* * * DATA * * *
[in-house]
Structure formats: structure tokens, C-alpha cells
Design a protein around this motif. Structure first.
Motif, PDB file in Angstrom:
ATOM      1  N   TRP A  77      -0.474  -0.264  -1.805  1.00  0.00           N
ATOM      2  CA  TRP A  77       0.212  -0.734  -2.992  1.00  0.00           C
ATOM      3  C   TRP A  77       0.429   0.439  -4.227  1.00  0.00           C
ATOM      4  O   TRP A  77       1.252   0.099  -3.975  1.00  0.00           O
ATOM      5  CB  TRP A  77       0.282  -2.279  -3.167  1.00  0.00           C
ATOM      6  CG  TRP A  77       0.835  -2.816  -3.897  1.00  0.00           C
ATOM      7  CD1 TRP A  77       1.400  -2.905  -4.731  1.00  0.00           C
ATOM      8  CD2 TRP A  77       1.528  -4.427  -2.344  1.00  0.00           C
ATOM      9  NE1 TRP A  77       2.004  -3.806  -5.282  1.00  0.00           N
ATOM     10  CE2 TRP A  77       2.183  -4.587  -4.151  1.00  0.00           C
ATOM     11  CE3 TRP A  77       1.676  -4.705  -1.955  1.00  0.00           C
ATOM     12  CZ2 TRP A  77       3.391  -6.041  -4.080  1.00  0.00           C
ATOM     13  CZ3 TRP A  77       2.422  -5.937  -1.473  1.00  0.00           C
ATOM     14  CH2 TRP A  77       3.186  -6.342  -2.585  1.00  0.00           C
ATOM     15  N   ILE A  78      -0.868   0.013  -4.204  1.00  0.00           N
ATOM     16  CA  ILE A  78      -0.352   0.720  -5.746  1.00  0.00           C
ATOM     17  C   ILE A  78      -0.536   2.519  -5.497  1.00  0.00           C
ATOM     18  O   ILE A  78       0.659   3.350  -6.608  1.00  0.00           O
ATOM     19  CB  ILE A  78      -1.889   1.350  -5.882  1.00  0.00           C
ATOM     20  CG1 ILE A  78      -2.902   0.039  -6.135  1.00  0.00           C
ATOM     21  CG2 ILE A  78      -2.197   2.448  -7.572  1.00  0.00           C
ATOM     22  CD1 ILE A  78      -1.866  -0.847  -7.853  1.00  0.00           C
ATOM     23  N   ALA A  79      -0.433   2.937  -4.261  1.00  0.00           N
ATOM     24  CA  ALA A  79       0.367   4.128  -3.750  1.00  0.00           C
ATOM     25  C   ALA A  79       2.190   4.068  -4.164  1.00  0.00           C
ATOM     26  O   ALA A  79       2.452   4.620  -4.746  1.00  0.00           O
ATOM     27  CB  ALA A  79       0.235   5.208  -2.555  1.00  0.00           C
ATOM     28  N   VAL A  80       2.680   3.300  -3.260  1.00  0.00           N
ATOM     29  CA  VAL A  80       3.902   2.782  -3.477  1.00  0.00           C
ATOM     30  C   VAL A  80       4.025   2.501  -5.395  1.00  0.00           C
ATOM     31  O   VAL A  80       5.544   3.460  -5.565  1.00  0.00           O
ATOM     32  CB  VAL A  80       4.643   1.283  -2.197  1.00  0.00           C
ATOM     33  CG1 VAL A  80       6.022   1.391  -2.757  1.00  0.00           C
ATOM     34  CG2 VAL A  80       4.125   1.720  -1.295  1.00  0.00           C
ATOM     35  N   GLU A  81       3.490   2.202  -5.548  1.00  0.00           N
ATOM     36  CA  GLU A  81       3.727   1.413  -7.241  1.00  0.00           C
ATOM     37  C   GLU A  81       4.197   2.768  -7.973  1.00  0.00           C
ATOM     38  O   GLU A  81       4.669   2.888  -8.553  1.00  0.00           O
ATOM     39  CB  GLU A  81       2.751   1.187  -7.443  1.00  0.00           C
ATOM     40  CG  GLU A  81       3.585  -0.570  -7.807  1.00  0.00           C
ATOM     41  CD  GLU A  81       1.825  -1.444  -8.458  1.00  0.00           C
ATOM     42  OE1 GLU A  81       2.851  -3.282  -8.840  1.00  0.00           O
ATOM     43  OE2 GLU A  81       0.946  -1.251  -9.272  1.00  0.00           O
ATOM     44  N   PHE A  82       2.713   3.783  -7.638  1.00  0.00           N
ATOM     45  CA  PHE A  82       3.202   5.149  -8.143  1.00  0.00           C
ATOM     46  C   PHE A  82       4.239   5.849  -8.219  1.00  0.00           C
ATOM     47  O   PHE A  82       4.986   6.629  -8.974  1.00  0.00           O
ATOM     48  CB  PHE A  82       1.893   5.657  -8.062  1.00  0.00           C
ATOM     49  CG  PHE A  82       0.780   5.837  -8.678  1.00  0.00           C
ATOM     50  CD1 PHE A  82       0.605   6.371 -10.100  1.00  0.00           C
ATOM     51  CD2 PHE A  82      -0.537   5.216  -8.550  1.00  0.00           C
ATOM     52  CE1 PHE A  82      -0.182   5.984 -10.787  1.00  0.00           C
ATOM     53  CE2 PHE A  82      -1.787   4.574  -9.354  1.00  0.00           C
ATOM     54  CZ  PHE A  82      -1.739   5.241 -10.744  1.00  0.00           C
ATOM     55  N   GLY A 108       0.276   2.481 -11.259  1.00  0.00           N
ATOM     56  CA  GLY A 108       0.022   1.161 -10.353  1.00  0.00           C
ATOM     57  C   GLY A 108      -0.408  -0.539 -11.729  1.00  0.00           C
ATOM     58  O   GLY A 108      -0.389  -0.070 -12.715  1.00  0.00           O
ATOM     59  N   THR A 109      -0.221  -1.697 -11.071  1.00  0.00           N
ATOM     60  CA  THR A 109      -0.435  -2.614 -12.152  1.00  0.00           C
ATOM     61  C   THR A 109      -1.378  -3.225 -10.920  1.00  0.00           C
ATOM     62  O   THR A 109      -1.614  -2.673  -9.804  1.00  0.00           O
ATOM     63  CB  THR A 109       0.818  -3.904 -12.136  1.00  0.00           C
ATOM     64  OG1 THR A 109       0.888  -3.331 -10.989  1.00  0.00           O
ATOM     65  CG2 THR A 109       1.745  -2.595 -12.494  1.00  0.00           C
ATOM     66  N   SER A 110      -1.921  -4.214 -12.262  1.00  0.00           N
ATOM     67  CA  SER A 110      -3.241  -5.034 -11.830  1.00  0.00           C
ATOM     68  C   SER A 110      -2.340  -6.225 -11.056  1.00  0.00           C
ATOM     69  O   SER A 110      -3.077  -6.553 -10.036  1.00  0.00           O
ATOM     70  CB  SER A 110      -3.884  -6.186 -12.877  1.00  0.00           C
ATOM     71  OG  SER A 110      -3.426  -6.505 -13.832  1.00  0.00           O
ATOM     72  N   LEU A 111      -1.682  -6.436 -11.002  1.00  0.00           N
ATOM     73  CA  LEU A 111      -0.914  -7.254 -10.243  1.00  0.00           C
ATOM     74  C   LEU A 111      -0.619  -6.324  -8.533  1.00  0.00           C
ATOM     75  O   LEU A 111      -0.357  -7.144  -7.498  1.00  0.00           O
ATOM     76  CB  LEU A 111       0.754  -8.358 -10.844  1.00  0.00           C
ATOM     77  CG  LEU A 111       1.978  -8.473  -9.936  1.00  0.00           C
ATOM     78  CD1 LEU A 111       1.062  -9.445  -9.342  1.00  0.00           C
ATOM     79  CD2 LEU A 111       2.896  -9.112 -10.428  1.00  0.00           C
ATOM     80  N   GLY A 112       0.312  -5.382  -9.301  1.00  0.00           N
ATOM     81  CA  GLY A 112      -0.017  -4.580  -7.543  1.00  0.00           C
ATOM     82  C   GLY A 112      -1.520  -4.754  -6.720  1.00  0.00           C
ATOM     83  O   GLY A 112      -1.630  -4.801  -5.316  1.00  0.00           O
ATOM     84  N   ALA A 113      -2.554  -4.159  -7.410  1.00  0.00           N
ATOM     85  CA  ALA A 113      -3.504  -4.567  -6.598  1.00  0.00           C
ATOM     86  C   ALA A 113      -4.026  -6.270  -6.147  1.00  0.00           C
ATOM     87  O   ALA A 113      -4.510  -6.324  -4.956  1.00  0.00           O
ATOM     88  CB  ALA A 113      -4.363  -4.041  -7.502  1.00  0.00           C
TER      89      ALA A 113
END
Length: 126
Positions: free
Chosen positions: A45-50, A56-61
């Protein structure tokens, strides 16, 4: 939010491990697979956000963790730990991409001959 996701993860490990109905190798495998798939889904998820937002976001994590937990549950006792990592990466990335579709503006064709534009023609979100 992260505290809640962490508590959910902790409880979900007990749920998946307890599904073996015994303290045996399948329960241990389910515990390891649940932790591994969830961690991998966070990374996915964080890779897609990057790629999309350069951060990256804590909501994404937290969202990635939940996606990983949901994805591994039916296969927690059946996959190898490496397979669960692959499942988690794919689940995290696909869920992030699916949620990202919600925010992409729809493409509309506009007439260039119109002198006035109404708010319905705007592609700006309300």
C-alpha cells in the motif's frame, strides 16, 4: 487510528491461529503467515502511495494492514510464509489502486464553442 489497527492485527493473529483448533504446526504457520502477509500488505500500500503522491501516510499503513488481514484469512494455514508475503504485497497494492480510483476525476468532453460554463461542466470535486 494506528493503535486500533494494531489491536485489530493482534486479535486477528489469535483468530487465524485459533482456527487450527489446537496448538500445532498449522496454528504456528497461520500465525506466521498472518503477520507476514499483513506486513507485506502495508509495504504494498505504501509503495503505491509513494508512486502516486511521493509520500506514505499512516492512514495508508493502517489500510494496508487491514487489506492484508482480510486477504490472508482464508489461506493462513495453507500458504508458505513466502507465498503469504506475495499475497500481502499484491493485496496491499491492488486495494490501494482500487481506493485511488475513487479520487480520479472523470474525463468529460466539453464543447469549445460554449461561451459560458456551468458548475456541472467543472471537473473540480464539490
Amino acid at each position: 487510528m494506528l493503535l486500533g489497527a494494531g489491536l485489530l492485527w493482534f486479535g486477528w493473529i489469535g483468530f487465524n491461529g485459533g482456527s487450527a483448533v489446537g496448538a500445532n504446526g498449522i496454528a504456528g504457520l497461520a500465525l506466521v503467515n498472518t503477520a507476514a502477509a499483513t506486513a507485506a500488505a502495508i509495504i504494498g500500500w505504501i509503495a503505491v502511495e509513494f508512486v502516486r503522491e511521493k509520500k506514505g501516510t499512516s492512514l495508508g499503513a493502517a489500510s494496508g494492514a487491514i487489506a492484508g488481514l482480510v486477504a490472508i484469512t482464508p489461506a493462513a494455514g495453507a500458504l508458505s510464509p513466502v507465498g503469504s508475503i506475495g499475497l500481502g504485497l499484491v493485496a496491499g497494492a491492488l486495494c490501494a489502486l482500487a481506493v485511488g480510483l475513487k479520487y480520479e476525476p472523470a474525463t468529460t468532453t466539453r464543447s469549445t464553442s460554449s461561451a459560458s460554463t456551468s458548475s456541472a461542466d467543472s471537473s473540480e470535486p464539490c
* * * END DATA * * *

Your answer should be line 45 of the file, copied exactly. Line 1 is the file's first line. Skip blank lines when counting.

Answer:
ATOM     41  CD  GLU A  81       1.825  -1.444  -8.458  1.00  0.00           C